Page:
2013 Spring/Summer Courses

Ancient Greek Civilization: Society, Archaeology, Literature, Philosophy: D. Yatromanolakis (Classics).  Undergraduate course.  The course will introduce students to major aspects of the ancient Greek civilization, with special emphasis placed upon culture, society, archaeology, literature, and philosophy.

Curating the Roman House: H. Valladares (Classics) and M. Nichols (W­alters Art Museum).  Graduate course.  In this seminar, students will be asked to develop an exhibition on the theme of the Roman House based on the holdings of the JHU Archaeological Museum and the Walters Art Museum. Guest lectures by Dr. Marden Nichols, Curator of Ancient Art at the Walters Art Museum. This course produced student-curated exhibitions and an online catalog.

Diplomacy and Conflict in the Ancient Middle East: J. Lauinger (Near Eastern Studies).  Undergraduate course. The Middle East is home to the invention of agriculture, cities, and writing. It is also in the Middle East that we find evidence of humanity’s earliest diplomatic activity in, for instance, the actual letters sent by ancient kings to one another, the treaties drawn up after their conflicts, and the inscriptions that commemorate their conquests. In this course, we examine texts such as these to explore questions such as: How do we characterize the international system of the ancient Middle East? Does this system change over the approximately two millennia for which we have documentation? Is it better to approach ancient diplomacy through present-day eyes or in the context of ancient world-views? Is an understanding of diplomacy in the ancient Middle East relevant to our understanding of modern international relations? All texts read in translation.

Discover Hopkins Health Studies: The Hospital: A. Puglionesi (History of Medicine).  Course for high school students.  You were probably born in one, will sooner or later find yourself being treated in one, and might just spend your career in one. This course will look at the history, economics, technology, and public policy debates surrounding the modern hospital. We will explore the hospital’s role in health care delivery in rural and urban settings, in medical schools, and in mental asylums and other specialized hospitals. Special attention will be paid to the Johns Hopkins Hospital, America’s top-ranked for 20 years and counting.

Drawing: The Portrait: C. Hankin (Art).  Undergraduate course.  Prereq: 371.131 or permission req’d An intensive look at the traditions and techniques of portrait drawing. Students work from live models in a variety of media and study master portraits by Holbein, Rembrandt, Ingres, Degas, etc. Trips to BMA Print & Drawing Room and JHU Archaeological Museum will enhance knowledge and appreciation of the history and traditions of portraiture.

Island Archaeology: The Social Worlds of Crete, Cyprus and the Cyclades: E. Anderson (Classics).  Undergraduate course. Islands present highly distinctive contexts for social life. We examine three island worlds of the third and second millennia BCE through their archaeological remains, each with its particularities. These are places where water had a unique and powerful meaning, where boat travel was part of daily life, where palaces flourished and where contact with other societies implied voyages of great distance across the sea. Class combines close study of material culture and consideration of island-specific interpretive paradigms; students work with artifacts in the JHU Archaeological Museum.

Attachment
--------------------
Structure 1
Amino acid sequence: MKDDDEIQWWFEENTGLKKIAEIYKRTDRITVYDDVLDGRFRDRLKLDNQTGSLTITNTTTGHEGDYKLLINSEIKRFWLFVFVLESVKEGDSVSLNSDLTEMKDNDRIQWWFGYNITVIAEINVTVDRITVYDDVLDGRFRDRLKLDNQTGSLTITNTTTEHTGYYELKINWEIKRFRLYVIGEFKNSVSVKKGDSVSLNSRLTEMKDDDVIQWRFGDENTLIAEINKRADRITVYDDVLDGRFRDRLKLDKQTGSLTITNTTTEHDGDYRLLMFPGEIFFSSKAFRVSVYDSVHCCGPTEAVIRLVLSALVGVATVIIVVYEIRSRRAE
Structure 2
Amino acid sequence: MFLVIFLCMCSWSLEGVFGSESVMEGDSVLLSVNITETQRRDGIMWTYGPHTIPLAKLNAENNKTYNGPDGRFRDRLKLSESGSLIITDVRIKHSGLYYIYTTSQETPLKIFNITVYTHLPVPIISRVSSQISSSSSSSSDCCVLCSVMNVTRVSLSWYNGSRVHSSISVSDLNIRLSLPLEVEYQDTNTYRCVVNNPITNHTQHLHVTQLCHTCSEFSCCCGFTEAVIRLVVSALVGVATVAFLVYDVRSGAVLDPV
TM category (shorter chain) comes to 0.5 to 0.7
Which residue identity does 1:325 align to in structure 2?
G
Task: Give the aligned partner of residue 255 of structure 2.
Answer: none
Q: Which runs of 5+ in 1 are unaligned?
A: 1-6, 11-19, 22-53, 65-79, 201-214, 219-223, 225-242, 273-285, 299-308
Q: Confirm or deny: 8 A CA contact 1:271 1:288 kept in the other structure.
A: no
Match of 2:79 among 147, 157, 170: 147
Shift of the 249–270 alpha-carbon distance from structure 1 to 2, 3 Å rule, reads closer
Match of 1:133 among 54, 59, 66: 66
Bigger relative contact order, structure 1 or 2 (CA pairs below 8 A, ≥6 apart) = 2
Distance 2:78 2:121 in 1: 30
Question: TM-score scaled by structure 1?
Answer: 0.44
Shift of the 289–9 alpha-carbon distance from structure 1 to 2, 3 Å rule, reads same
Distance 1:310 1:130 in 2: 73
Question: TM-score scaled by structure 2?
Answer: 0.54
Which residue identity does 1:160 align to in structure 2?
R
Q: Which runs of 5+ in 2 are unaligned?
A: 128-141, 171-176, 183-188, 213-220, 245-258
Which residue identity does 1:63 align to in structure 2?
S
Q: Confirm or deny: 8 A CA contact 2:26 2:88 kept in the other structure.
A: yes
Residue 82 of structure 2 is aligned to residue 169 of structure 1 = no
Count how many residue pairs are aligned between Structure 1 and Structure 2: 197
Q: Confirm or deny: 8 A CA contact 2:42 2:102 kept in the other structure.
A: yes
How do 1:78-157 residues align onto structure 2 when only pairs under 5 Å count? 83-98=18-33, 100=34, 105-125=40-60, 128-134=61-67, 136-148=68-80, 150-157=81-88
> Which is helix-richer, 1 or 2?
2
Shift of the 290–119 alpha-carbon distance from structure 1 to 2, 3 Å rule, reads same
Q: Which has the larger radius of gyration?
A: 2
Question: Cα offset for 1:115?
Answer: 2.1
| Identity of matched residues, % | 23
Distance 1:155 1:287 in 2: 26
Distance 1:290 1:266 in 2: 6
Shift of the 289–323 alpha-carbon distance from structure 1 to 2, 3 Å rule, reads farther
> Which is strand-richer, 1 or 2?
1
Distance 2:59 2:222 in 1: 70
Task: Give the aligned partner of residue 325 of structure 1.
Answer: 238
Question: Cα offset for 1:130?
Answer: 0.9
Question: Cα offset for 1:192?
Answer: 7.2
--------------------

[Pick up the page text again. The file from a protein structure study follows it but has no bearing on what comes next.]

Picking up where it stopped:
Elementary Latin: D. Houston (Classics).  Undergraduate course. Course provides comprehensive, intensive introduction to the study of Latin for new students as well as systematic review for students with background in Latin. The first semester’s emphasis is morphology and vocabulary; the second semester’s focus is syntax and reading.

Native American Art: L. Deleonardis (History of Art).  Undergraduate course.  Survey of the principle visual arts of North America (1500 BC – AD 1600). Introduction to interpretive theory and methodology. Collections study in local and regional museums. Cross-listed with Programs in Museums and Society, Archaeology, and PLAS.

Pilgrimage: Art and Anthropology.  M. Merback (History of Art).  Graduate course. Research paradigms and problems in the study of Christian pilgrimage, ca. 500-1500, and its relation to prevailing forms of visual culture, popular and elite. Topics include: the historical development of European cult forms and shifting conceptions of sanctity; articulations in the environmental poetics of pilgrimage shrines; case studies of miracle-cycles and votives, portable objects and pilgrimage devotionalia, and works of art thematizing the penitential, experiential, and therapeutic dynamisms of homo viator.

The Archaeology of Death, Burial and the Human Skeleton: C. Brinker (Near Eastern Studies).  Undergraduate course.  This course will introduce students to the archaeological investigation of past human populations through their mortuary and physical human remains. To this end, major theories and methodologies will be introduced, along with pertinent case studies for discussion.

The World of Pompeii: H. Valladares (Classics). Undergraduate course.  This course will focus on the history and archaeology of Pompeii. Close attention will also be paid to the reception of Pompeian materials in European and American culture. Cross-listed with History of Art and the Program in Museums and Society.

Tombs for the Living: L. Deleonardis (History of Art).  Undergraduate course.  Centering on the tomb as a unit of analysis, this course examines how death and funerary ritual reflect the cultural values of the living and are an active force in shaping them. Drawing on case studies from Mesoamerica and the Andes we consider various approaches to entombment and funerary ritual.